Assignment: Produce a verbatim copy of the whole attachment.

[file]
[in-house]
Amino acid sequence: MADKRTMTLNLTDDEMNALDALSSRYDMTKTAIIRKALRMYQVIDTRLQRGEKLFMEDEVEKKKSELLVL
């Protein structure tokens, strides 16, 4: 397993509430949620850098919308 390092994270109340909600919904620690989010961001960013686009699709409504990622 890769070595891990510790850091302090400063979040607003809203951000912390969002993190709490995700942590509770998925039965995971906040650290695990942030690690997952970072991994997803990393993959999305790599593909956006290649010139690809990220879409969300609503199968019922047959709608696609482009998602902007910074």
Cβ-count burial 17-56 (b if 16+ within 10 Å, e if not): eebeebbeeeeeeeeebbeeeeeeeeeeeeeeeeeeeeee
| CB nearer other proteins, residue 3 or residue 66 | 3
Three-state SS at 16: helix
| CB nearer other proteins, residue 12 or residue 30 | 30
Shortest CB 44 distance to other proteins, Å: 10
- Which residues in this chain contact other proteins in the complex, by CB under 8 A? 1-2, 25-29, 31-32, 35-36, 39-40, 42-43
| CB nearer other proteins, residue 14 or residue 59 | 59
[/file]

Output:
[in-house]
Amino acid sequence: MADKRTMTLNLTDDEMNALDALSSRYDMTKTAIIRKALRMYQVIDTRLQRGEKLFMEDEVEKKKSELLVL
């Protein structure tokens, strides 16, 4: 397993509430949620850098919308 390092994270109340909600919904620690989010961001960013686009699709409504990622 890769070595891990510790850091302090400063979040607003809203951000912390969002993190709490995700942590509770998925039965995971906040650290695990942030690690997952970072991994997803990393993959999305790599593909956006290649010139690809990220879409969300609503199968019922047959709608696609482009998602902007910074």
Cβ-count burial 17-56 (b if 16+ within 10 Å, e if not): eebeebbeeeeeeeeebbeeeeeeeeeeeeeeeeeeeeee
| CB nearer other proteins, residue 3 or residue 66 | 3
Three-state SS at 16: helix
| CB nearer other proteins, residue 12 or residue 30 | 30
Shortest CB 44 distance to other proteins, Å: 10
- Which residues in this chain contact other proteins in the complex, by CB under 8 A? 1-2, 25-29, 31-32, 35-36, 39-40, 42-43
| CB nearer other proteins, residue 14 or residue 59 | 59